On my previous article, I wrote about what the Semantic Web is without actually showing how the information is transmitted and stored. This article assumes that you are a technical savvy person, and you would like to know how to design your applications for the Semantic Web.
When you design a system in an Object Oriented way, you think in entities within a domain model. These business objects are usually mapped to Database rows, which are stored in tables. These database tables have a rigid schema, which is very complicated to update and maintain.
What happens if I want to create a new version of the system, whose business entities have different information stored? I would have to create a migration script, which will make the database unavailable for a certain time, and for most large databases the downtime is large enough to make the migration unaffordable.
Message-oriented middleware (MOM) databases have an interesting approach that tackles the issue. Each business object is part of a message that is exchanged between services. MOM databases store the entire message in one special field (column) within a data table (usually of XML type), allowing them to evolve the schema for their message entities and keep the DB schema (there is no DB downtime). Each entity is carefully designed to use simple data types and have an unique ID (to be uniquely identifiable). Having a standard representation helps easier the migration path when the business objects have their schema partially modified (an old application can just have their mapping information updated, and there is no need to update the DB schema).
If you design the business data storage using a similar design as MOMs, your entities will look like the following:
- Every entity will have an unique identifier that will become their identity within the system (and probably with external systems) and will be of a type.
- Every entity will have their data and relationships drawn as a directed graph
- Every data will have their type information embedded (so a person’s photo can be interpreted as a bitmap)
Following these principles will lead you to entities that are easy to represent and transmit in standard formats such as RDF or plain XML. Designing entities with unique identifiers also help synchronizing information that is related to a single entity.
Representing entities in RDF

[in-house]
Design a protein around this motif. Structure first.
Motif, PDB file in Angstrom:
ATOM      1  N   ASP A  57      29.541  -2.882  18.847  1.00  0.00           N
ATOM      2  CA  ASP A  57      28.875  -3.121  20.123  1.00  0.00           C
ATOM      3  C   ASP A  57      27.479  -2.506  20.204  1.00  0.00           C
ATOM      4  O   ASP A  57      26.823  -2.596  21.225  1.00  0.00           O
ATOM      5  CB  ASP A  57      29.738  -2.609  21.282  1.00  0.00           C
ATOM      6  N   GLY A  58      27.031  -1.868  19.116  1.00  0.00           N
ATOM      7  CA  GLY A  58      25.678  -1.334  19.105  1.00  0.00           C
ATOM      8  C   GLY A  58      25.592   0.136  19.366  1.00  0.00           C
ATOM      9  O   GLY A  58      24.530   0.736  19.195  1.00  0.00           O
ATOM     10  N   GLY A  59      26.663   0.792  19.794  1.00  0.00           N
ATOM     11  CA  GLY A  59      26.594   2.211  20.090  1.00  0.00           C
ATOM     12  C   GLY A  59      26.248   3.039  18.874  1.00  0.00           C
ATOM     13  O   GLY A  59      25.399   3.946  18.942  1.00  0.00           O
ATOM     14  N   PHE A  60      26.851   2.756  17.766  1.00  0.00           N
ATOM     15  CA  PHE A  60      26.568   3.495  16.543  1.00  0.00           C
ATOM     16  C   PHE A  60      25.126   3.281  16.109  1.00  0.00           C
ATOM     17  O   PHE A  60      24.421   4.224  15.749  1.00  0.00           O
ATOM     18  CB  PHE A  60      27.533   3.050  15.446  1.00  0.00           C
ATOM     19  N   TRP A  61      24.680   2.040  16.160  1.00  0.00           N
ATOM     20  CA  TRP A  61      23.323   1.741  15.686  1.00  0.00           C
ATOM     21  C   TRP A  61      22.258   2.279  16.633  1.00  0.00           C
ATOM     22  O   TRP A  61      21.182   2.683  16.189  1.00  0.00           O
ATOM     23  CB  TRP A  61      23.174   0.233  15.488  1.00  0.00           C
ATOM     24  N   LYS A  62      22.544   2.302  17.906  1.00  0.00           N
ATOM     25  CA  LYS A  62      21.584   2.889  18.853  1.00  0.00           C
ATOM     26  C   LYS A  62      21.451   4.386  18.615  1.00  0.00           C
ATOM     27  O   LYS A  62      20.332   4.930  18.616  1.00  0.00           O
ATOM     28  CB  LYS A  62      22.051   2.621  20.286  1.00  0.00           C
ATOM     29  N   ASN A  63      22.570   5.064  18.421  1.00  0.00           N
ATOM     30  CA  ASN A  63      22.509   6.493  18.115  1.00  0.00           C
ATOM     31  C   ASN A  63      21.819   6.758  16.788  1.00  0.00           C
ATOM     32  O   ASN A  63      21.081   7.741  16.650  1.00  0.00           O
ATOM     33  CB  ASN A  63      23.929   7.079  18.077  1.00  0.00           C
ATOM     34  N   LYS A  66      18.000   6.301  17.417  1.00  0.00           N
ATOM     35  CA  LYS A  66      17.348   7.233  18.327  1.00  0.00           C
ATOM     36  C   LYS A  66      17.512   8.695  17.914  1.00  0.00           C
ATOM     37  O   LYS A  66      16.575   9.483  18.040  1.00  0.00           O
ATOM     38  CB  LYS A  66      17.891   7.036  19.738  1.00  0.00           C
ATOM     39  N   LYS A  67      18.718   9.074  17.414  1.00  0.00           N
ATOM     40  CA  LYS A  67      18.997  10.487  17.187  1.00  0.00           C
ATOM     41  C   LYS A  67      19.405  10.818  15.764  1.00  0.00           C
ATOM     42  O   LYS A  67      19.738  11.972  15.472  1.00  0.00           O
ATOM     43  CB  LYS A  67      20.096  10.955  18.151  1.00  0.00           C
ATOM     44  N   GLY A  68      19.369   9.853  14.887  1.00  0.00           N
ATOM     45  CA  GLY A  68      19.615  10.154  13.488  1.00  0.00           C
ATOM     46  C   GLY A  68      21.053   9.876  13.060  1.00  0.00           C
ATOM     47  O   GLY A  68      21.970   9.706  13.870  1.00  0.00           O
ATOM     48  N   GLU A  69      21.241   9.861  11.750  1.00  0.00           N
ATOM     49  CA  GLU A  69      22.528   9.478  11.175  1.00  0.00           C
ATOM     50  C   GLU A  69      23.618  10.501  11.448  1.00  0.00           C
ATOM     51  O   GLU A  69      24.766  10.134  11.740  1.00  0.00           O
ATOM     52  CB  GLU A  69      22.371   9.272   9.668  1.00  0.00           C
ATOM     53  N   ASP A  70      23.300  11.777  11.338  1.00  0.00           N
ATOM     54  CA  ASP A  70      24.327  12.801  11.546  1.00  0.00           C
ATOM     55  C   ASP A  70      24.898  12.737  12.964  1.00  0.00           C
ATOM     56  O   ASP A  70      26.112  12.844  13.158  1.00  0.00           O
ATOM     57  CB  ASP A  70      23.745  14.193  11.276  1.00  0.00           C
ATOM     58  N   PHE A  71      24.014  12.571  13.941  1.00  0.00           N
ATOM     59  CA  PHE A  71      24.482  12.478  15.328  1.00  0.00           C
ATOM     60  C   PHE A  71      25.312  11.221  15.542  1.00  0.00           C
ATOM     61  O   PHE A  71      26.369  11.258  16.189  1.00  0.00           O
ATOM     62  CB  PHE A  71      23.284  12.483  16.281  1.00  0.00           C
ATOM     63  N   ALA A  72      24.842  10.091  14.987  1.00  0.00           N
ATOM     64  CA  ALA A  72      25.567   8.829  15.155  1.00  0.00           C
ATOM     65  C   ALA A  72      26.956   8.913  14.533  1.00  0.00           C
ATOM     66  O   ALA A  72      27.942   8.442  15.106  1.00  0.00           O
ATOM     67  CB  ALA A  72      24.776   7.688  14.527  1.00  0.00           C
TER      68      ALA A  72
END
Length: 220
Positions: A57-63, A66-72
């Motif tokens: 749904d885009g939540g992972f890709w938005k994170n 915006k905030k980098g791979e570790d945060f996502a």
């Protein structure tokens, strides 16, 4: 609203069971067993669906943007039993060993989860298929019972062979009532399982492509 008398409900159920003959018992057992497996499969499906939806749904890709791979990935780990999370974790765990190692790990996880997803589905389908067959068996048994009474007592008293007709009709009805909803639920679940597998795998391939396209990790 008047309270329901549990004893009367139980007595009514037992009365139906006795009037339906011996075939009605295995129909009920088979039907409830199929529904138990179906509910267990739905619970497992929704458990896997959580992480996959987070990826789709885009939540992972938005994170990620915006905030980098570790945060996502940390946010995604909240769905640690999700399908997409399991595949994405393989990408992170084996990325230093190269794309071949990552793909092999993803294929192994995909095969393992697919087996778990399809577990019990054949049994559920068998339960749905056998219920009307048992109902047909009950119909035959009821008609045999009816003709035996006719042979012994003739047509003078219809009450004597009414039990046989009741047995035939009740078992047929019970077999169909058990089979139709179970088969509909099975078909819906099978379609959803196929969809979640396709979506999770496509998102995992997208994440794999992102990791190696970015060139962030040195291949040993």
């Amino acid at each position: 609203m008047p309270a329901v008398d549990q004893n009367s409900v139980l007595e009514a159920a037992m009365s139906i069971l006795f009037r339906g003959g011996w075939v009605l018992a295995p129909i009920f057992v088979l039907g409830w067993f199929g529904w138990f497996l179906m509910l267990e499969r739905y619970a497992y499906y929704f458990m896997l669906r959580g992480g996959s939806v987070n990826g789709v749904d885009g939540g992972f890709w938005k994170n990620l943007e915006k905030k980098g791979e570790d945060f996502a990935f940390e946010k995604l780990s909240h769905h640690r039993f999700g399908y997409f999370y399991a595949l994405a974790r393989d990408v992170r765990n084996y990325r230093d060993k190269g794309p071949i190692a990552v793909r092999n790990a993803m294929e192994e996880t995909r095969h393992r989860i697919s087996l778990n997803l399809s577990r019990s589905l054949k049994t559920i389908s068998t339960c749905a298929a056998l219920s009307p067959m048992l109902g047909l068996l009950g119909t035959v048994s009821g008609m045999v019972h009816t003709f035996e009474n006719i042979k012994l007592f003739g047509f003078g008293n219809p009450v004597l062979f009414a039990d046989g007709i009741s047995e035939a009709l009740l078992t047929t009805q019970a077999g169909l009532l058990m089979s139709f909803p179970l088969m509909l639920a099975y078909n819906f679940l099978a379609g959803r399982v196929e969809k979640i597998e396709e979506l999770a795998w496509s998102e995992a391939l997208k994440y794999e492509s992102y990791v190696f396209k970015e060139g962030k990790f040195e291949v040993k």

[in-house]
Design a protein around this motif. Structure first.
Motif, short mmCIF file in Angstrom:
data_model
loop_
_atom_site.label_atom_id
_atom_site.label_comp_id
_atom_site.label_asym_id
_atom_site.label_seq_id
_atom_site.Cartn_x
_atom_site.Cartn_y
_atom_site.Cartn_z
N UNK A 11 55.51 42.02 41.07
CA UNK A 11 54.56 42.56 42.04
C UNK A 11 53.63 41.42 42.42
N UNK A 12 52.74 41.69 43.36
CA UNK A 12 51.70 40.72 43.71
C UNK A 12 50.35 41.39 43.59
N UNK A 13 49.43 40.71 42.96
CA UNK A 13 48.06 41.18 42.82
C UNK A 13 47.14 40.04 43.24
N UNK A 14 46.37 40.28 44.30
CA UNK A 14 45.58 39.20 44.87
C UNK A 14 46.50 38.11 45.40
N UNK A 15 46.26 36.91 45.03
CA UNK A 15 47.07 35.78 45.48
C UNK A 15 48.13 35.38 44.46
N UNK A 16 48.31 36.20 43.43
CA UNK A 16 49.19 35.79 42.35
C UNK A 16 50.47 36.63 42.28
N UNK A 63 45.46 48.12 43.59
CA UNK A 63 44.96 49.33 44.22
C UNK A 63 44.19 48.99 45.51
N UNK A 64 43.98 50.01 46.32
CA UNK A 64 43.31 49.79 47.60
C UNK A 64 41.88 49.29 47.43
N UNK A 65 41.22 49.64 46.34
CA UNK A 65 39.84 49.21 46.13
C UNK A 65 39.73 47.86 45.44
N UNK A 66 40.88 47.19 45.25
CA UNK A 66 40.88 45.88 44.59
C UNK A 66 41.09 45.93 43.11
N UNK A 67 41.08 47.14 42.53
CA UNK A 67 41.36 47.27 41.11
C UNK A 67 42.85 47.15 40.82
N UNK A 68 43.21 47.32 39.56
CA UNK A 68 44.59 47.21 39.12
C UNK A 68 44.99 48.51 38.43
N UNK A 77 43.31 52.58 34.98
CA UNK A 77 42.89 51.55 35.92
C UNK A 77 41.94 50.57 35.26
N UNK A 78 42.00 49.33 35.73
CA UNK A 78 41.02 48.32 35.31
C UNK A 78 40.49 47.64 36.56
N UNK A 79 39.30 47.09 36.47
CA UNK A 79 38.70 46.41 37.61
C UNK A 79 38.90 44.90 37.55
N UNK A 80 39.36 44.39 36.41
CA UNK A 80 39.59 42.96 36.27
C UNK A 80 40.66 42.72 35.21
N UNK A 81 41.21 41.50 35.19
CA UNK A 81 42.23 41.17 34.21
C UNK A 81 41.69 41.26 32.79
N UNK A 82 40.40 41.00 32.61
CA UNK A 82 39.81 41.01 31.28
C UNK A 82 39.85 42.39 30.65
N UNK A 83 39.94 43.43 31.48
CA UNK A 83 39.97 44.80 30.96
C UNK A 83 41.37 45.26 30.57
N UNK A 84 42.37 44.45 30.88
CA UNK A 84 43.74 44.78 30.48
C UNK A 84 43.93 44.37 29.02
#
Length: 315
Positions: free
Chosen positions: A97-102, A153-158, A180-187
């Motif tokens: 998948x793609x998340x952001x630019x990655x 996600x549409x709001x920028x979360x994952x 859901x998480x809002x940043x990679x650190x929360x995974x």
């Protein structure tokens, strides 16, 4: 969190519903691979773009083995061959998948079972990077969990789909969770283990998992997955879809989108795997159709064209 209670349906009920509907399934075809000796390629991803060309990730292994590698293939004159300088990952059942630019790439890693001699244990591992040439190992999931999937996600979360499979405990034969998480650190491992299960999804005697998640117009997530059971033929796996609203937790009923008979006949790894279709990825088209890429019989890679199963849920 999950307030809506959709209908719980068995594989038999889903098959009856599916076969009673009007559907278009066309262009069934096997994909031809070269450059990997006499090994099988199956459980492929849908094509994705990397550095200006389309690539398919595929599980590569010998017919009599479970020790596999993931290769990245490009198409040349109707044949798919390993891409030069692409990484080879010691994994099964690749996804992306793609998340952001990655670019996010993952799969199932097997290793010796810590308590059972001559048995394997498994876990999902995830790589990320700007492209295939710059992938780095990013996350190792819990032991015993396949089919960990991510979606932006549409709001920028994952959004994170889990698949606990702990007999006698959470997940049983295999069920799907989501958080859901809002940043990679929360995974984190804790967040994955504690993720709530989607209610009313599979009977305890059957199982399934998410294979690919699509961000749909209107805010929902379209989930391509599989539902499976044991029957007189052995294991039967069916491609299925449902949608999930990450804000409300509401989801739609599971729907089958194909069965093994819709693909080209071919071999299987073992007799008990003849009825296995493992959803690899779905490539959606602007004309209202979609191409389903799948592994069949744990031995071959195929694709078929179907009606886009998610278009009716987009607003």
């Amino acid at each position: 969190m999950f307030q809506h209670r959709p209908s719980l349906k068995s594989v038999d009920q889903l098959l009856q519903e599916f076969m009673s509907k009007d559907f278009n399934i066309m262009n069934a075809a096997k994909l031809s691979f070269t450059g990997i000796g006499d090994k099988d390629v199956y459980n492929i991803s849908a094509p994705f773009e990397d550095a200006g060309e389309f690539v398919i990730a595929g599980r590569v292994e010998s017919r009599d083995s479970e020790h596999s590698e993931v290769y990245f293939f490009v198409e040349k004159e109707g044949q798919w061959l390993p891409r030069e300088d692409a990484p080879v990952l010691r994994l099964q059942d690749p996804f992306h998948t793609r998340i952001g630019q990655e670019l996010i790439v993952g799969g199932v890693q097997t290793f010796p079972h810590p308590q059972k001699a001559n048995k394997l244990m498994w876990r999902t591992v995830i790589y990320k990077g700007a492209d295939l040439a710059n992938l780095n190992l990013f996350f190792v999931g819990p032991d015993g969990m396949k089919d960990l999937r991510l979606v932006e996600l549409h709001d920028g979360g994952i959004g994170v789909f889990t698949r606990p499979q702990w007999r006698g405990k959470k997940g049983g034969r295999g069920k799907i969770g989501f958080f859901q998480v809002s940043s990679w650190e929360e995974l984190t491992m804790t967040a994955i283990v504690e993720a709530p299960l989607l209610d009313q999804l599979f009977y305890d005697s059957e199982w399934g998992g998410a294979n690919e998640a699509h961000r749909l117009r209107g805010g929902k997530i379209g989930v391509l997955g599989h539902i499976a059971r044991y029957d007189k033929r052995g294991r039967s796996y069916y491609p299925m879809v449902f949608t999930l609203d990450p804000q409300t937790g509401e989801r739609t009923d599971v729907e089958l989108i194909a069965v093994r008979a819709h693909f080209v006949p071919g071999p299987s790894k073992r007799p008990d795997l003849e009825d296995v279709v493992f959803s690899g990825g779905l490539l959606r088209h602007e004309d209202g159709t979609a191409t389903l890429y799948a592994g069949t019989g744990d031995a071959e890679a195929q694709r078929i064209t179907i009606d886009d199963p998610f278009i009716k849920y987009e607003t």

The Semantic Web standardizes the way each entity is transmitted (and imported/exported) from Semantic Web systems. The entity we described in the preceding section can be represented in RDF as:
Evidently, most RDF entities will be much more complex than this example yet the example is useful to note:
- The type information is implicit when using a custom namespace and Tag name
- The unique identifier is standardized within RDF
- Attributes and relationships are stored as child tags
What is the logic behind RDF?
The sample entity is actually a collection of facts about the entity (representation). The facts are:
- Entity http://people/johnDoe is of type Person
- http://people/johnDoe has a Name of "John Doe" (string literal)
Semantic Web applications combines these facts with logic to represent more complex queries (for example, querying the list of HumanBeings (synonym) should return John Doe in the results).
The directed graph and the collection of facts are different views of the same information. Every piece of information is stored as: [Entity] [Relationship] [Value], which is the same as [Subject] [Predicate] [Object]. This is also known as triple pattern in SPARQL.
In natural language, you could write [Orson Welles] [was born on] [May 6, 1915]. It is the same when relating 2 entities: [Orson Welles] [directed] [Citizen Kane] *. The entities don’t have to be of the same type (in this example I’m relating a Person to a Movie).
(*) A better design would be to design [Citizen Kane] [was directed by] [Orson Welles], but let’s put this discussion off for now.
Can’t I just design a database this way?
Simplifying the model, you could have tables with the "Subject", "Predicate" and "Object" columns. The first 2 columns could be unique identifiers (a relationship must also be identifiable) where the last column should be a special field that can store either a reference to another entity (URI), a literal value (string, date/time, decimal, etc.) or a blob.
For simple facts and queries this approach may work. It could even be the starting point for Semantic Web system. Things get more complicated when adding validations (you can’t have more than 1 birthday but you can have more than 1 name) or inferences that generate new information ( "A isMotherOf B" whenever "B is child of A andAlso A is a woman"). This is why Semantic Engines are built (they hide the complexity of storage and provide an interface to access the Semantic information).
Products like IMM work with a backend database, and they use an intermediate component to encapsulate the process of retrieving and storing entities, and performing queries.
I’m planning to write an article about SPARQL (the Semantic Web querying language, standardized by the W3C) and ontologies, which give a context (and a meaning within the context) to the Semantic Web information, setting a common language.